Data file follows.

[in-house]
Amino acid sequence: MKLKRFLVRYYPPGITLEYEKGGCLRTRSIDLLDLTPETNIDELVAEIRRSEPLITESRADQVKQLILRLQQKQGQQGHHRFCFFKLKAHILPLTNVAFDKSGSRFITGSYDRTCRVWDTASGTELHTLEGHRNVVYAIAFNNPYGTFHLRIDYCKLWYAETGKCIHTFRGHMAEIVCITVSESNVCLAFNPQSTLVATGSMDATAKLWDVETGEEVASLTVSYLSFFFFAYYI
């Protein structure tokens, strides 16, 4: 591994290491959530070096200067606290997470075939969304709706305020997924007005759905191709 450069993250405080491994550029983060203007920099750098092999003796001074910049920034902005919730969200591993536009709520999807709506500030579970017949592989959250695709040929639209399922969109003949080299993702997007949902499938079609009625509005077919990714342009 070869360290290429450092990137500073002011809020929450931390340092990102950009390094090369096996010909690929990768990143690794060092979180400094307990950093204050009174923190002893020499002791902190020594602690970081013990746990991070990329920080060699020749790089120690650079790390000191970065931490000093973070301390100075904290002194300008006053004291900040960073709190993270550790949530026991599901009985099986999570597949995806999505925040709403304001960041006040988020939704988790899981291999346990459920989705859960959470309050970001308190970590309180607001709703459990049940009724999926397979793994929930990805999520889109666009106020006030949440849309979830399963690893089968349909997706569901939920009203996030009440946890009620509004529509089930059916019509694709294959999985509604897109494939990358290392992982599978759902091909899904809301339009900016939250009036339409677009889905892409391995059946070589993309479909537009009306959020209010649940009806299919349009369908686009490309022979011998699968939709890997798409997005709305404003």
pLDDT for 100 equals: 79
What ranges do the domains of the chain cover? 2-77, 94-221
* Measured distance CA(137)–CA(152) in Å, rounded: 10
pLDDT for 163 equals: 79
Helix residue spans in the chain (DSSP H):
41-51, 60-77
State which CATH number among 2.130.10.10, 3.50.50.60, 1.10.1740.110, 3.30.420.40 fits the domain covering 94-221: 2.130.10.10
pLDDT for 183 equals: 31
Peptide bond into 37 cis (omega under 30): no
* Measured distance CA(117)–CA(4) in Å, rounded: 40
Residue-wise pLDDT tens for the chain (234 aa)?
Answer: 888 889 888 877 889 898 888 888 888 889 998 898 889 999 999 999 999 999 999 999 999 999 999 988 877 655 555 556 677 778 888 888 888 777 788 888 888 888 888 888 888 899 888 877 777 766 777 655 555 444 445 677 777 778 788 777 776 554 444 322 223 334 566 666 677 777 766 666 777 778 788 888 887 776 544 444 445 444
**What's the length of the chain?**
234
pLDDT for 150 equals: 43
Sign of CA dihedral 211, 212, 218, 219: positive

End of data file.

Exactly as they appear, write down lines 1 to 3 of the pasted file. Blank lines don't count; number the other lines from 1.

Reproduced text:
[in-house]
Amino acid sequence: MKLKRFLVRYYPPGITLEYEKGGCLRTRSIDLLDLTPETNIDELVAEIRRSEPLITESRADQVKQLILRLQQKQGQQGHHRFCFFKLKAHILPLTNVAFDKSGSRFITGSYDRTCRVWDTASGTELHTLEGHRNVVYAIAFNNPYGTFHLRIDYCKLWYAETGKCIHTFRGHMAEIVCITVSESNVCLAFNPQSTLVATGSMDATAKLWDVETGEEVASLTVSYLSFFFFAYYI
């Protein structure tokens, strides 16, 4: 591994290491959530070096200067606290997470075939969304709706305020997924007005759905191709 450069993250405080491994550029983060203007920099750098092999003796001074910049920034902005919730969200591993536009709520999807709506500030579970017949592989959250695709040929639209399922969109003949080299993702997007949902499938079609009625509005077919990714342009 070869360290290429450092990137500073002011809020929450931390340092990102950009390094090369096996010909690929990768990143690794060092979180400094307990950093204050009174923190002893020499002791902190020594602690970081013990746990991070990329920080060699020749790089120690650079790390000191970065931490000093973070301390100075904290002194300008006053004291900040960073709190993270550790949530026991599901009985099986999570597949995806999505925040709403304001960041006040988020939704988790899981291999346990459920989705859960959470309050970001308190970590309180607001709703459990049940009724999926397979793994929930990805999520889109666009106020006030949440849309979830399963690893089968349909997706569901939920009203996030009440946890009620509004529509089930059916019509694709294959999985509604897109494939990358290392992982599978759902091909899904809301339009900016939250009036339409677009889905892409391995059946070589993309479909537009009306959020209010649940009806299919349009369908686009490309022979011998699968939709890997798409997005709305404003």